The currents in San Francisco Bay are generated by the tides. At several locations in the Bay, currents can be as strong as six knots. As a recreational paddler, you paddle about three knots—four if racing or terrified. Use caution when paddling in a strong current; you could lose control of your boat and capsize or get swept out the Golden Gate.
The strongest currents occur where the water masses streaming in and out of the bay are funneled through a constriction, like under the Golden Gate Bridge and through Raccoon Strait on the north side of Angel Island. During the course of each month, tide differences are highest, and currents therefore strongest, during and shortly after full moon and new moon.
Several places in San Francisco Bay are known for their tidal races (sometimes referred to as "tide rips"). The most prominent are Yellow Bluff on an ebb (shown in photo), Raccoon Strait off Pt. Stuart (mostly on an ebb, sometimes on a flood), and around Alcatraz Island. The locations of these tidal races usually coincide with abrupt changes in the topography of the ocean floor. Playing in the races can be exhilarating, fun, and skill-building. If you don't like it rough, it's best to avoid these areas during strong currents or other adverse conditions (like opposing current and wind direction).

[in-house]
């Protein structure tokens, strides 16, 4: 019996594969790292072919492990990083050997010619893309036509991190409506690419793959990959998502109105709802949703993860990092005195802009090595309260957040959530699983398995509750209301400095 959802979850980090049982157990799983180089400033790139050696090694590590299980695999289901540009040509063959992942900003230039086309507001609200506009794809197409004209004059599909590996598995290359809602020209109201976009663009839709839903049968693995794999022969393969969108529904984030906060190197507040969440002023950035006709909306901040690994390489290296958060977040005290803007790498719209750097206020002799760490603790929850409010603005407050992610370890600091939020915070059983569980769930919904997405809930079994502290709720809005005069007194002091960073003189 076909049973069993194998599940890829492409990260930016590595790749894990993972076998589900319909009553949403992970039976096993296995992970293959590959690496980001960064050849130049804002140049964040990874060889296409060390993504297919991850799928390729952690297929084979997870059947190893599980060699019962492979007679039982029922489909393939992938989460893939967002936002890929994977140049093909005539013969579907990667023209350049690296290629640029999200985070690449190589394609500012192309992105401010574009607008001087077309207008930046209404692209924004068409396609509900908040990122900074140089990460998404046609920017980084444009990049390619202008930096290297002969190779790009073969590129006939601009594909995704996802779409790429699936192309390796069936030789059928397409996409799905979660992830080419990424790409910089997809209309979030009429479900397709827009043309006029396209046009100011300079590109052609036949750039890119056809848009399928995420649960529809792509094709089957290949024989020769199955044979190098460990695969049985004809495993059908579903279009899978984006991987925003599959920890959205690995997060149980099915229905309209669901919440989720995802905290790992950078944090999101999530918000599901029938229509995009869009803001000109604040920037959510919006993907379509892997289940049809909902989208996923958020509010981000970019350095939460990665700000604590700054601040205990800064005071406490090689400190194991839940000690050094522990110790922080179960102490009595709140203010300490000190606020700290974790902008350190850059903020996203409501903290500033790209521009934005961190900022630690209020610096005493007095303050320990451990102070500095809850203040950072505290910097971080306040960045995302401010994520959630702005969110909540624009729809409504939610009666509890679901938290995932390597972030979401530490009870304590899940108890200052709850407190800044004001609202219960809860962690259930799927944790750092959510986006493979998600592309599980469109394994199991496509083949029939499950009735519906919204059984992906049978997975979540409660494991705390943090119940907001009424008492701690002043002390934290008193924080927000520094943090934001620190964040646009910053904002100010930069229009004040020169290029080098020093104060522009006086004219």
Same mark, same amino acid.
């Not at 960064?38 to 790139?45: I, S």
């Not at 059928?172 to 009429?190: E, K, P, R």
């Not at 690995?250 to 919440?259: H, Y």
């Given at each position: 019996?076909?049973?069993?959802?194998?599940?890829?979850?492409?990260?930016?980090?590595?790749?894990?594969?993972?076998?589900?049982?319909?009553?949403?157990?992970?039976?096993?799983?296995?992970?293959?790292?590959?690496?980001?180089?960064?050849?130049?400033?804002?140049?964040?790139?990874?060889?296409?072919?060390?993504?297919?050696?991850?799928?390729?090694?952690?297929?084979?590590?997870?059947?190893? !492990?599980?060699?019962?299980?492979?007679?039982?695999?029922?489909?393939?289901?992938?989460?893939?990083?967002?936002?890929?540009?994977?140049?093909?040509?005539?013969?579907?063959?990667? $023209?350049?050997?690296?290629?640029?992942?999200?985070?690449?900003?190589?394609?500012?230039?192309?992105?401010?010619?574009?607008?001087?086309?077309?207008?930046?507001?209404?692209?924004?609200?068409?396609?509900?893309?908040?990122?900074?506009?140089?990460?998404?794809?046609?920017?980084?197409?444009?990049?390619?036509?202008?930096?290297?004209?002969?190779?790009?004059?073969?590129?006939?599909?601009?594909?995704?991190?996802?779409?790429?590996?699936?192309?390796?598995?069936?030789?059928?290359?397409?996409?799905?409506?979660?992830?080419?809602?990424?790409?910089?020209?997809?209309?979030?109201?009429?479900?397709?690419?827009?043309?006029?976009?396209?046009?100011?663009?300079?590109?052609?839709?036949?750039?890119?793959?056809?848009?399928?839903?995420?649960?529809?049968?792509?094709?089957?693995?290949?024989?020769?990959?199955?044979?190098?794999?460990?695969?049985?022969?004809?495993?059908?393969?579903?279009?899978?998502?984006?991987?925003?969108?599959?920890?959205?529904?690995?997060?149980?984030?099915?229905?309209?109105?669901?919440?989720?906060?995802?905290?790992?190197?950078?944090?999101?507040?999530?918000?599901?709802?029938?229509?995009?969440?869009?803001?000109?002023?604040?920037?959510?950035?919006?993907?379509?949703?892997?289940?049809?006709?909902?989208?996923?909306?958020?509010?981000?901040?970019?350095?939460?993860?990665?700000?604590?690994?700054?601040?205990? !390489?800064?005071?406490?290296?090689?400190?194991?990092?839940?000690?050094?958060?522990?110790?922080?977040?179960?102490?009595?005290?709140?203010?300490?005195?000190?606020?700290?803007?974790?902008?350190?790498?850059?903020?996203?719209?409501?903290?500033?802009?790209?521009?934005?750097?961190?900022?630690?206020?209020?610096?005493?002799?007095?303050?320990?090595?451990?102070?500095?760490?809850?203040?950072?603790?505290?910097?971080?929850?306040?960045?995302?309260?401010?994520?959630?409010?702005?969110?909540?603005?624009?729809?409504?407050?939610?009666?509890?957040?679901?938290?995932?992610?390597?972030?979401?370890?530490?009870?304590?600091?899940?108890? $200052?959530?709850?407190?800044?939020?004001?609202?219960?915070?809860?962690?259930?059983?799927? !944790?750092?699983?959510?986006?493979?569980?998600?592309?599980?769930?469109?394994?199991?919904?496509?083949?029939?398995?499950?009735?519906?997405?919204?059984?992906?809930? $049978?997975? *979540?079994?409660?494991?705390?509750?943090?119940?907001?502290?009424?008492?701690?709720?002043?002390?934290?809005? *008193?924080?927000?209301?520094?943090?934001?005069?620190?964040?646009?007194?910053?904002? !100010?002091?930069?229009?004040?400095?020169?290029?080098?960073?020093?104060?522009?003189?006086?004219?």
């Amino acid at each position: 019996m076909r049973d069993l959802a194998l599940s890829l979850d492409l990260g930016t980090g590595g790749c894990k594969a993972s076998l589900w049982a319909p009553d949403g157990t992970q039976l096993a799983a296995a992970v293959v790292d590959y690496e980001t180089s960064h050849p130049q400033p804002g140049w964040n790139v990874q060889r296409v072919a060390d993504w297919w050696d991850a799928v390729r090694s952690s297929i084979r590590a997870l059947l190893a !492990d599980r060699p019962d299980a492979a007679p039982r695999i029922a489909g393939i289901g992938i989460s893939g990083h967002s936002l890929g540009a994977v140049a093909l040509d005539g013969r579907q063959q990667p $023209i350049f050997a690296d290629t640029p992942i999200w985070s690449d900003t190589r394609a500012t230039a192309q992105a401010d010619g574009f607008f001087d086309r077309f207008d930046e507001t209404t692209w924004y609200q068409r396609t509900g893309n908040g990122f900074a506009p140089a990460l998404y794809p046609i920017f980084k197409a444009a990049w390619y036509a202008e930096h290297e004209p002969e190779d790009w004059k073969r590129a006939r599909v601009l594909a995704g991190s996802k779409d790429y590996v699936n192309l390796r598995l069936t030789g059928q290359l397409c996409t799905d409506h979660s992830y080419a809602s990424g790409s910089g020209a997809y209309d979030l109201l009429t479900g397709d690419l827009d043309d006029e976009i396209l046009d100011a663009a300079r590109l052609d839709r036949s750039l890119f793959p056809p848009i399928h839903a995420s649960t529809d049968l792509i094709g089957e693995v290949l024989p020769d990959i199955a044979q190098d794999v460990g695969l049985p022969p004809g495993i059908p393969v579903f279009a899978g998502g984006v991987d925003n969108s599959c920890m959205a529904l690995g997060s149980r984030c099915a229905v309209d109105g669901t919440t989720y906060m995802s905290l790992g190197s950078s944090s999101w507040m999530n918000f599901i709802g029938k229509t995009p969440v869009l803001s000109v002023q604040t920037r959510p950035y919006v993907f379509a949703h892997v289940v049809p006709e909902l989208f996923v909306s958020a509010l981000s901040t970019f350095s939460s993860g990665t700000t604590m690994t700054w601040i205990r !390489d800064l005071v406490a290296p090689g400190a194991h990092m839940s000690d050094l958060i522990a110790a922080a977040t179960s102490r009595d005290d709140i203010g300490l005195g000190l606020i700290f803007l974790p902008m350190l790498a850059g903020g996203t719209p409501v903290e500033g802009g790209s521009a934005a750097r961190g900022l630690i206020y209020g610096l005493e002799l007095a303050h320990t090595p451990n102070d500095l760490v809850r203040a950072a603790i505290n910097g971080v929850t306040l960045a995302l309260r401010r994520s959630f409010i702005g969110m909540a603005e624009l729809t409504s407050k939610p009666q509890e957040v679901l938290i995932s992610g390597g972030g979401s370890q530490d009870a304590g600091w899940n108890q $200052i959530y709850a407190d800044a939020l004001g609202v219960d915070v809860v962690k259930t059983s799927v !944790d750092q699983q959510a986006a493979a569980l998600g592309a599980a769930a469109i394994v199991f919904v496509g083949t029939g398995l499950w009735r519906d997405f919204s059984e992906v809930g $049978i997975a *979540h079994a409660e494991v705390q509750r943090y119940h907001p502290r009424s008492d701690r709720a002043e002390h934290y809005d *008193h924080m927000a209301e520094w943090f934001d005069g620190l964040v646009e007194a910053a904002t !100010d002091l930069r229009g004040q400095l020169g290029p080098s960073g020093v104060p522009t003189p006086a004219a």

It is important to learn how to read tide and current tables. See the article on tides and currents in the Articles section of this web site. Reading the water and knowing how to paddle across a current are important skills when paddling in the Bay as well.
And one last note: Check conditions, including tides and currents before every trip. The Trip Planner is an excellent tool to do this. Don't rely on the trip initiator to have it all figured out!